Review: Eruption, Steve Olson

Rating: 5 out of 5

High praise for this! Not only did Mr Olson give a thorough overview of the story of (European) human population in the Northwest, but there was a solid coverage of the geologic, economic and environmental history as well. Now, one might wonder why I am emphasising the non-geological aspects here as a volcanic eruption is primarily of course a natural disaster and associated with this discipline. I assure you, however, that I have good reason to do so! Continue reading “Review: Eruption, Steve Olson”

Review: Queens of the Conquest, Alison Weir

Rating: 3 out of 5

I’m one to like a good narrative history, especially of the earlier medieval times in England. However, this book suffered from random jumps in content. I can vividly remember a rather long section on the way bedchambers were set up, for example. It felt, in the majority, that as the queens that the book treated — three Matilda’s and one Maude — have so few facts to describe them, that Ms Weir had to resort to desperate measures to pad out the book. Continue reading “Review: Queens of the Conquest, Alison Weir”

Rating: A Great and Terrible King, Marc Morris

Rating: 3 out of 5

I like what Marc Morris writes — his style is readable, his thoughts proceed in an orderly manner. The last is especially important as unlike his book on John, the story of Edward proceeds in a clear chronological sequence. This is both a blessing and a curse: the overarching thesis seems to be that Edward wasn’t as bad as history makes him out to be. And, yet, the older he gets, the more absolute he wants to reign and the more tyrannical he comes through as well. Continue reading “Rating: A Great and Terrible King, Marc Morris”

Review: The History of Ancient Egypt, Bob Brier

Rating: 4 out of 5

I have found Ancient Egypt interesting for a long while and yet I had not picked up a single book or title to investigate it further. This is partially because I had not had the chance, but also due to it being very difficult to figure out what would adequately cover such a period — three thousand years after all. That being said, this installation ended up being my choice and I don’t regret it. Continue reading “Review: The History of Ancient Egypt, Bob Brier”

Review: The Fortifications of Malta, 1530-1945, Charles Stephenson

Rating: 3 out of 5

I expect more from an Osprey book. I would definitely expect more from an Osprey book that dealt with the islands of Malta. Not only is Malta a perfect place to study 16th to 18th century fortification theory, but the islands are well-documented and the theory behind the various constructions is also well known. At times, the distinction between various phases of fortifications is also not well noted which is a pity as the pre-1565 siege status as opposed to latter fortifications should have been clearly noted. The drawings are, as always, superb. Continue reading “Review: The Fortifications of Malta, 1530-1945, Charles Stephenson”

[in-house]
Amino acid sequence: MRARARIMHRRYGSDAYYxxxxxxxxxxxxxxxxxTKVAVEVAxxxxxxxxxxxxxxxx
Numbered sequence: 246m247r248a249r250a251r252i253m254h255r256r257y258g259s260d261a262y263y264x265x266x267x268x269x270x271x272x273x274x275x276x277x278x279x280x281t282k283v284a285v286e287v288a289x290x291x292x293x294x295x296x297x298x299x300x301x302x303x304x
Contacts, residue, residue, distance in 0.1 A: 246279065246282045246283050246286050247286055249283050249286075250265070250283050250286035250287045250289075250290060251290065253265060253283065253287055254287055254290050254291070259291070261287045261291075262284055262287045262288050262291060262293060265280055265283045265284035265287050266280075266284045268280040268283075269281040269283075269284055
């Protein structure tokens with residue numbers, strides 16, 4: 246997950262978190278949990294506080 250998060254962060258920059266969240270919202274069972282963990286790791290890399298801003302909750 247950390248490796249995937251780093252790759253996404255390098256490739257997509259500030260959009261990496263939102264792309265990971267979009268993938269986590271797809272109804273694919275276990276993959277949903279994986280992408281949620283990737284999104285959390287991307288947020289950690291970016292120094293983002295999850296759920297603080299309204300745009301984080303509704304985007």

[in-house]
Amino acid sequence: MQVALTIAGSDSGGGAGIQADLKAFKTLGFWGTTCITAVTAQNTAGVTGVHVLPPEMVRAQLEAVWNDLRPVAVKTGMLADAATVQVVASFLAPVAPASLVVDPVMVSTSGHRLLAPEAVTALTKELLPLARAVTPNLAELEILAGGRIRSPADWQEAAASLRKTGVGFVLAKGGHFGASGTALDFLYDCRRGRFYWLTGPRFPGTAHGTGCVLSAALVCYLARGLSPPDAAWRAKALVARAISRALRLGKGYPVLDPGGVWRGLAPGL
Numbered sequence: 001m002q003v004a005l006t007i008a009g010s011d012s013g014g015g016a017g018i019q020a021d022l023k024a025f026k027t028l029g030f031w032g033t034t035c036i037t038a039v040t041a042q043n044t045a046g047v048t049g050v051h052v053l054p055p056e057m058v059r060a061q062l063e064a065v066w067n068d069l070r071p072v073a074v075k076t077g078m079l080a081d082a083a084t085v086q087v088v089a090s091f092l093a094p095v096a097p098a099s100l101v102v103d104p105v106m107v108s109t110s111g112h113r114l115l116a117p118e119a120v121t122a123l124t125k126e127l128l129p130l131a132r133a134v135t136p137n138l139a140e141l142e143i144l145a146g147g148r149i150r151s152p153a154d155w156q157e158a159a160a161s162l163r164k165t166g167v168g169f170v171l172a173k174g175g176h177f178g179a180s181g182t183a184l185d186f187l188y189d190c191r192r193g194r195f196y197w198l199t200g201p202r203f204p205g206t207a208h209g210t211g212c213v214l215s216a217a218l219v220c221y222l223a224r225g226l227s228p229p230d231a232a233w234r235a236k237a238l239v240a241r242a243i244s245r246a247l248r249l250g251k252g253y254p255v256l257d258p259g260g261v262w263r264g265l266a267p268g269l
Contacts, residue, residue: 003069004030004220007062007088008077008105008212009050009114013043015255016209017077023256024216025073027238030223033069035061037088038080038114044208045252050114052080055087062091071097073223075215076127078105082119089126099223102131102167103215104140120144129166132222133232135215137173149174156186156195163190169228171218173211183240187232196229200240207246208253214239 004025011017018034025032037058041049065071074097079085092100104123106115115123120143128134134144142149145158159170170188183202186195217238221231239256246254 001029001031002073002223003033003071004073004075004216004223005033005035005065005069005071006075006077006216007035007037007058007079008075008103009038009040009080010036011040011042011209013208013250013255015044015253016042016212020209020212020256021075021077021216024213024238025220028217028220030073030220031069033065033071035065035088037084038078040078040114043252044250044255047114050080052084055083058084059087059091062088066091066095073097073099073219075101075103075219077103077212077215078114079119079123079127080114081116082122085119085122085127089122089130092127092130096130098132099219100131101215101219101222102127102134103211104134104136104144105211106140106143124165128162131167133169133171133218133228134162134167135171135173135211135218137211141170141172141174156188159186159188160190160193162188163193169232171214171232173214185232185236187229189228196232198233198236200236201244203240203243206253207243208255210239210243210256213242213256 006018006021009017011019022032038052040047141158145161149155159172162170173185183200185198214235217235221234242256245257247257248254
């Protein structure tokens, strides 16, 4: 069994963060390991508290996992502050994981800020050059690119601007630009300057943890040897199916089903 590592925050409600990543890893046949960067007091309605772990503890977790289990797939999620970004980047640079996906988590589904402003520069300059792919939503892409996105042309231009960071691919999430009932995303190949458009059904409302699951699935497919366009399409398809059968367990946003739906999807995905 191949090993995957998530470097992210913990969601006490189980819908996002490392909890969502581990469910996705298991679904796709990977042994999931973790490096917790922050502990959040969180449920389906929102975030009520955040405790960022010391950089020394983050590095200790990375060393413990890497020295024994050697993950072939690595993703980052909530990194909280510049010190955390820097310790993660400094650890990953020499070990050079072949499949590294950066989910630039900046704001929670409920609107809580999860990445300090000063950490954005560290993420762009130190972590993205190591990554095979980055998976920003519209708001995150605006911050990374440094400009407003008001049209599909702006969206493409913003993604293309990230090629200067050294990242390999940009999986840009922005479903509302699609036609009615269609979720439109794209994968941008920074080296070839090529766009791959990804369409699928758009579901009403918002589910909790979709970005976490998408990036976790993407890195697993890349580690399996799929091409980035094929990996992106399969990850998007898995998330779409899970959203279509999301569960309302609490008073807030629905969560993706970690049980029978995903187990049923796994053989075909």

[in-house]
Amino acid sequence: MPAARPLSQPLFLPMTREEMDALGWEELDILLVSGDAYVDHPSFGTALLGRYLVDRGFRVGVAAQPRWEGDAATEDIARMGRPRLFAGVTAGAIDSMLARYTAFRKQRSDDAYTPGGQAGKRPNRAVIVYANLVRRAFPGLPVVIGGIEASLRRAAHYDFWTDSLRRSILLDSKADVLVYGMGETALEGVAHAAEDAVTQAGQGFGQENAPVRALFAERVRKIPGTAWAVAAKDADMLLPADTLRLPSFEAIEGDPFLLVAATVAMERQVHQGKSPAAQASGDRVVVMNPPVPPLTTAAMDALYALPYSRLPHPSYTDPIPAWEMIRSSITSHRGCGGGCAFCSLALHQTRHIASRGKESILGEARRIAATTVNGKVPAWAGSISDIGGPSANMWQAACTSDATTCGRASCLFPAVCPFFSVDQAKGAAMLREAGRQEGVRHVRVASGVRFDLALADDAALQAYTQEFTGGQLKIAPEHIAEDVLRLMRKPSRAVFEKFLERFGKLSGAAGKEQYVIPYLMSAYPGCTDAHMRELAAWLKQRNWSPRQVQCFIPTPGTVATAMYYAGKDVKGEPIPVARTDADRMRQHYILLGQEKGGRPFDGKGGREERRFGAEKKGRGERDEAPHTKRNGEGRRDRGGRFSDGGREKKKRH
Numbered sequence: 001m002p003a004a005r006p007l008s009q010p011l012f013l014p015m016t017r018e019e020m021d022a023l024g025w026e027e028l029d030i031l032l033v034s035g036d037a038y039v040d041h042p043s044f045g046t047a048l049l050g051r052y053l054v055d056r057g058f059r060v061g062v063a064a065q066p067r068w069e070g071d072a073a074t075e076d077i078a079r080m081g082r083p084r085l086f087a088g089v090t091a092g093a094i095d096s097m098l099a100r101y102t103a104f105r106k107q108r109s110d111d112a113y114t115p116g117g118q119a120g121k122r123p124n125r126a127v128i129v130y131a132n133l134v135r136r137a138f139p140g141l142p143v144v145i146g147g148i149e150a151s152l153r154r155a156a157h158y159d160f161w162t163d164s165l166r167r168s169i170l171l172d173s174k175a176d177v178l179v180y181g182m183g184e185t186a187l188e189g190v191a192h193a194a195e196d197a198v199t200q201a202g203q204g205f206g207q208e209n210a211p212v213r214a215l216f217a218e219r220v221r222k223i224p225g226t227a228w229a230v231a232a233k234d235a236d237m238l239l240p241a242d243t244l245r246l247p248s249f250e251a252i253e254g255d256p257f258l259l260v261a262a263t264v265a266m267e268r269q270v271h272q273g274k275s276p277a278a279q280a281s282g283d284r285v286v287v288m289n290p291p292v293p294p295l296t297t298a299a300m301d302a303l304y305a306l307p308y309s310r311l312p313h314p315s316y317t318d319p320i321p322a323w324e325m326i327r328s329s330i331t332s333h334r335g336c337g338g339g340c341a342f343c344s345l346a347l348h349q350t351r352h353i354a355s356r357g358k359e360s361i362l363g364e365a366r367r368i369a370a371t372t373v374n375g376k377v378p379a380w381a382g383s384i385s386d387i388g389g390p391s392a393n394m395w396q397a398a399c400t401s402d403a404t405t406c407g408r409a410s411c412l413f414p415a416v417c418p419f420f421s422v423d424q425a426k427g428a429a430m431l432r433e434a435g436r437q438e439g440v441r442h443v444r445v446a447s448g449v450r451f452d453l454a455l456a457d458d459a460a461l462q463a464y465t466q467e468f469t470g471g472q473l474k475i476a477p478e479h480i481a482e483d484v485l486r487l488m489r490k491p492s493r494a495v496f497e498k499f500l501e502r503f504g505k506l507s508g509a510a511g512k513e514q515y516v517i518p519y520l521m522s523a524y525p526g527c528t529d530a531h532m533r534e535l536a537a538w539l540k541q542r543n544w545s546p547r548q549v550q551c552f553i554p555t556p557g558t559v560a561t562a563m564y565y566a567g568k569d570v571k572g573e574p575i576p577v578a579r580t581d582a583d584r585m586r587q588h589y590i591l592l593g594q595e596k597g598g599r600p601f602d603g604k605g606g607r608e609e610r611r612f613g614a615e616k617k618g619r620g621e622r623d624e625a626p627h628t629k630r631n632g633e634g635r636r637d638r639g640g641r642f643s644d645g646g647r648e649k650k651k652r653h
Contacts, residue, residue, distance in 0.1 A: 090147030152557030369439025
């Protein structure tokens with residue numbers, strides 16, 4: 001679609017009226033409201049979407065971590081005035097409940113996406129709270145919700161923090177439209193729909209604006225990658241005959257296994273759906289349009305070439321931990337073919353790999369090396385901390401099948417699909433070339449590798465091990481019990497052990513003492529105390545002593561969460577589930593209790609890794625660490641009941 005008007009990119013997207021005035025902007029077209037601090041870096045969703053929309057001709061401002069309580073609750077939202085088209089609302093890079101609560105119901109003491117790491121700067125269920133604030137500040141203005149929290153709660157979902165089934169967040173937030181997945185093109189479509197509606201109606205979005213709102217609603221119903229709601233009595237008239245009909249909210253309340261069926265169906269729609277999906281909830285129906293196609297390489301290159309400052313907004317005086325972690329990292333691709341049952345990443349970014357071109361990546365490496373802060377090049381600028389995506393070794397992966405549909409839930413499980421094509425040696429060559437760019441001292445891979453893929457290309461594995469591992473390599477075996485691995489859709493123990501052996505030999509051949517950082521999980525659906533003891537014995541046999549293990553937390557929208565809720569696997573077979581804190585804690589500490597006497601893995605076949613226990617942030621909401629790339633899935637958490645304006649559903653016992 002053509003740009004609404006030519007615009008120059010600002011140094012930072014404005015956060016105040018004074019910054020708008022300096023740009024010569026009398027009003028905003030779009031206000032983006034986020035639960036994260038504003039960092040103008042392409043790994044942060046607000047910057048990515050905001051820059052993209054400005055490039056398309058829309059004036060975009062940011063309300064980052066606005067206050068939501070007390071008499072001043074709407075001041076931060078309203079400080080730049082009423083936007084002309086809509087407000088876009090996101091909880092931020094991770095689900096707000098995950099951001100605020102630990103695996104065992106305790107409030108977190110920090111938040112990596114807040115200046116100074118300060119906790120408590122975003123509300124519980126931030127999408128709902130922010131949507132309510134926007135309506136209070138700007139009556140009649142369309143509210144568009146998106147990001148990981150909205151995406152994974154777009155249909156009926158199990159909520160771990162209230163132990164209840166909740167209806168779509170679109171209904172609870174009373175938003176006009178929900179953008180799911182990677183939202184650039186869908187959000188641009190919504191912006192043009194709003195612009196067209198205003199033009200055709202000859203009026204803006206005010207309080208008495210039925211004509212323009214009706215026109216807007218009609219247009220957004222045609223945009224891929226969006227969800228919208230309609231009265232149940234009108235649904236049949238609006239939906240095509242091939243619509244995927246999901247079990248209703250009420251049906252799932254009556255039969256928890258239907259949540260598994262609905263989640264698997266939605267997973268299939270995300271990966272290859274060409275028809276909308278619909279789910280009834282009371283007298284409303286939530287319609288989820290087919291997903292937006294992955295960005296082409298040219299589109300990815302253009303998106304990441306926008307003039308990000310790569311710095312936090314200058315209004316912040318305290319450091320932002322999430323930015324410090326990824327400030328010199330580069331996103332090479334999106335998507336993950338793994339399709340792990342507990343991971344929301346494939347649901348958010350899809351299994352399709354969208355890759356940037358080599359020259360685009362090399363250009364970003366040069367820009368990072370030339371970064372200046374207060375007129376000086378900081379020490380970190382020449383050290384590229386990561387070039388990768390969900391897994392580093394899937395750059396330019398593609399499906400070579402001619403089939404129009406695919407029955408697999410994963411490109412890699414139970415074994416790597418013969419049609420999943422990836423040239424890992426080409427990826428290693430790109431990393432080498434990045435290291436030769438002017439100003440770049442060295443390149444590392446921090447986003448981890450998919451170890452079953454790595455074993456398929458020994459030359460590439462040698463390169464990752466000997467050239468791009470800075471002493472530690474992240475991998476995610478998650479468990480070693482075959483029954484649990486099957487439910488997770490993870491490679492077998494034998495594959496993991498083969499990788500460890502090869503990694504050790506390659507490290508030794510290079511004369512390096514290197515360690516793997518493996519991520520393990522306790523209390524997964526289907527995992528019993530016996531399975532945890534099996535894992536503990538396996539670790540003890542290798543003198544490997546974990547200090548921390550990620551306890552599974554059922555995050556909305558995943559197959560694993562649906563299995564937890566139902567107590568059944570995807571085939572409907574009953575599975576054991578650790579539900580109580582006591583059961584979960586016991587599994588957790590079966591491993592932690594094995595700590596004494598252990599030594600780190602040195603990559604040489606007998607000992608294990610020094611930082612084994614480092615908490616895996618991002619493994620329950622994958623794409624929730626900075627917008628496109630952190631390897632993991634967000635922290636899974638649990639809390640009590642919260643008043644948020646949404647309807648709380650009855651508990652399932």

Review: The Great Swindle, Virginia Cowles

Rating: 3 out of 5

This is a very technical history of the South Sea Crash. As we are dealing with coverage of an economic event, this means that a lot of this text relates to economics though fairly basic ones. Even so, however, I did not find the author’s descriptions of the main characters in the story and the way the manipulated the marked to have been particularly helpful to understanding, and this is my main reason for the low rating.

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Ülevaade: Eesti feldmarssalid, Andres Adamson

Hinnang: 3/5

Võttes raamatu algselt kätte, oli mul tunne, et tegu võiks olla lühidalt hariva looga, mis heidab pilgu Eestimaal (ja Liivi- ja Kuramaal) sündinud, elanud või surnud väejuhtidele. Eks tegelikult raamatul ka selline eesmärk on ning ta seda mõneti saavutab — mis minu jaoks rikkus korralikult lugemiskogemust oli autori pidev sõbramehelik stiil, mis ei lasknud nautida ülevaatlikku teksti, vaid pani pigem mõtisklema sellise kirjutamisstiili üle.

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Review: The Silk Roads, Peter Frankopan

Rating: 2 out of 5

I found that I had a problem with this book. We have a British author who wants to re-centre the world, and yet the book he writes is more Anglo-American than many others. Not only this, the author does not even do courtesy to the Spanish and Portuguese, noting that in those languages the people “call” themselves by other names as if the English version was what the people would have recognised at the time. This hypocrisy surrounds this entire work, though it is not without a saving grace (which I will get to).  Continue reading “Review: The Silk Roads, Peter Frankopan”

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